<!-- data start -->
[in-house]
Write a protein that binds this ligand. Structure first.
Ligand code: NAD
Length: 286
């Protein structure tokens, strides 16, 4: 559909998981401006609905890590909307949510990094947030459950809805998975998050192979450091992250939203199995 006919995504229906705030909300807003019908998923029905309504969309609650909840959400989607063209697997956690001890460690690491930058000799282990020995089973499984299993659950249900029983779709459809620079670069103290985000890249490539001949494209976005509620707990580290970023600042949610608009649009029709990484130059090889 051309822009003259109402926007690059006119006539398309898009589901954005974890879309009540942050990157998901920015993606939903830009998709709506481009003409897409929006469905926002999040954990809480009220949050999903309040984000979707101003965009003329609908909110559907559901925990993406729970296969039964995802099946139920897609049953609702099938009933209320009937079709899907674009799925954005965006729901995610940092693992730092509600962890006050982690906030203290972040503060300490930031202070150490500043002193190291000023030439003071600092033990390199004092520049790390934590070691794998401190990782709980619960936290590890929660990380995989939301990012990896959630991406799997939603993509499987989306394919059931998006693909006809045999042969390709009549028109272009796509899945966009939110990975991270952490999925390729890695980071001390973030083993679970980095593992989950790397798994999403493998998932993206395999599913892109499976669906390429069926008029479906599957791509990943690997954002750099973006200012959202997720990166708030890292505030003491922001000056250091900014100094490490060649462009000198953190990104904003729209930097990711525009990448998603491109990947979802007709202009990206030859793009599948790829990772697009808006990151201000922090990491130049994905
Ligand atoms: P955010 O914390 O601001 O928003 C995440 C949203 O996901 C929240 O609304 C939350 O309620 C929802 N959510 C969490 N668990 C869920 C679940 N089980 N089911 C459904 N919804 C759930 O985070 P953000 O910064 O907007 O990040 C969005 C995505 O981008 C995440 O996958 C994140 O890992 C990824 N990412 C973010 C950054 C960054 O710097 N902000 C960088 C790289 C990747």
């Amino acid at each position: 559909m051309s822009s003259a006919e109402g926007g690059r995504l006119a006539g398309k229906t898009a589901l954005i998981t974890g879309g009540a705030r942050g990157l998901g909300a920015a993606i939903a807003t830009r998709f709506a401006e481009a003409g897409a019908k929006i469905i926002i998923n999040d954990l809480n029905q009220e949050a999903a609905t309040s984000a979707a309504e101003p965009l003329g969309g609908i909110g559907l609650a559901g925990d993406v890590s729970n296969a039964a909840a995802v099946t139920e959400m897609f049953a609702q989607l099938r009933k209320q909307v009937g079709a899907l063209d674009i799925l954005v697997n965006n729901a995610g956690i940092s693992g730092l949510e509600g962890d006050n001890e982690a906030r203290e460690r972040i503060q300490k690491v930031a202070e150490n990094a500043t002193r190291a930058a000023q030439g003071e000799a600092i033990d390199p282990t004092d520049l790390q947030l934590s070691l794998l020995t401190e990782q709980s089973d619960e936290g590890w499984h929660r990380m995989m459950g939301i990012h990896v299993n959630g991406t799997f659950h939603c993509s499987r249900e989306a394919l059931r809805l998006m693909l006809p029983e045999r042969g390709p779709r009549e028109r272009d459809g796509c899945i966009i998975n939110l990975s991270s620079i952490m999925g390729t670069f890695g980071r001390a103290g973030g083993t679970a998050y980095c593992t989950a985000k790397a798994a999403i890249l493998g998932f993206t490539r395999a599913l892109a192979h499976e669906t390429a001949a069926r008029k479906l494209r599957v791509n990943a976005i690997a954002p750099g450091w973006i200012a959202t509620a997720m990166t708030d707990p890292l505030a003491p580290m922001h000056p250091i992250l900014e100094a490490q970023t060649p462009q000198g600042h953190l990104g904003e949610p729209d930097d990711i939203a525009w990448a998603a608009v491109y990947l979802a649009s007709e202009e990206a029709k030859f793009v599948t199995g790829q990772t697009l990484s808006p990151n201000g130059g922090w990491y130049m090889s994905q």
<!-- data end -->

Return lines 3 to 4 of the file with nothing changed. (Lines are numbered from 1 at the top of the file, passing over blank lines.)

Ligand code: NAD
Length: 286